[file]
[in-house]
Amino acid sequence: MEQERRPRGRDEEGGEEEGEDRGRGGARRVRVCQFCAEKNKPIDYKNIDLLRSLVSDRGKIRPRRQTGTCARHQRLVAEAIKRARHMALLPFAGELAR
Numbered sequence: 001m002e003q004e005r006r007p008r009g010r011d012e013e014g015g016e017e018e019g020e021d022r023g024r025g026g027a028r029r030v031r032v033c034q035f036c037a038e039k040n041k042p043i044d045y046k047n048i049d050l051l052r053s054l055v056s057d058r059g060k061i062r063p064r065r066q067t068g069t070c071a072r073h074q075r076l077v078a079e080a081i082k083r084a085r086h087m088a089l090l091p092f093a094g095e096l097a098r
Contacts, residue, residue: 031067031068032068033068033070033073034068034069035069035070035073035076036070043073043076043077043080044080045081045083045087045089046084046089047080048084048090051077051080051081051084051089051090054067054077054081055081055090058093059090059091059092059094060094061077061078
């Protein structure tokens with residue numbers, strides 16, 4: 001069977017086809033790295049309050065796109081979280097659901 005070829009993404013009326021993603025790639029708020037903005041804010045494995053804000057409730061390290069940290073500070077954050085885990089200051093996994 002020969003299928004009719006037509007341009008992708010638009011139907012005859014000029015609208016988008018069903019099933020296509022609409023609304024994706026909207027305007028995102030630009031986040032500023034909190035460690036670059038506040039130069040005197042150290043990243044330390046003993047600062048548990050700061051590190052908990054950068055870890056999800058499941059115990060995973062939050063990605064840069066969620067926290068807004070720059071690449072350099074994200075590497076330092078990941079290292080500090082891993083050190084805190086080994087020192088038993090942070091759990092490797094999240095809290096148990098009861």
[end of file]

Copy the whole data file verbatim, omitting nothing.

[in-house]
Amino acid sequence: MEQERRPRGRDEEGGEEEGEDRGRGGARRVRVCQFCAEKNKPIDYKNIDLLRSLVSDRGKIRPRRQTGTCARHQRLVAEAIKRARHMALLPFAGELAR
Numbered sequence: 001m002e003q004e005r006r007p008r009g010r011d012e013e014g015g016e017e018e019g020e021d022r023g024r025g026g027a028r029r030v031r032v033c034q035f036c037a038e039k040n041k042p043i044d045y046k047n048i049d050l051l052r053s054l055v056s057d058r059g060k061i062r063p064r065r066q067t068g069t070c071a072r073h074q075r076l077v078a079e080a081i082k083r084a085r086h087m088a089l090l091p092f093a094g095e096l097a098r
Contacts, residue, residue: 031067031068032068033068033070033073034068034069035069035070035073035076036070043073043076043077043080044080045081045083045087045089046084046089047080048084048090051077051080051081051084051089051090054067054077054081055081055090058093059090059091059092059094060094061077061078
């Protein structure tokens with residue numbers, strides 16, 4: 001069977017086809033790295049309050065796109081979280097659901 005070829009993404013009326021993603025790639029708020037903005041804010045494995053804000057409730061390290069940290073500070077954050085885990089200051093996994 002020969003299928004009719006037509007341009008992708010638009011139907012005859014000029015609208016988008018069903019099933020296509022609409023609304024994706026909207027305007028995102030630009031986040032500023034909190035460690036670059038506040039130069040005197042150290043990243044330390046003993047600062048548990050700061051590190052908990054950068055870890056999800058499941059115990060995973062939050063990605064840069066969620067926290068807004070720059071690449072350099074994200075590497076330092078990941079290292080500090082891993083050190084805190086080994087020192088038993090942070091759990092490797094999240095809290096148990098009861």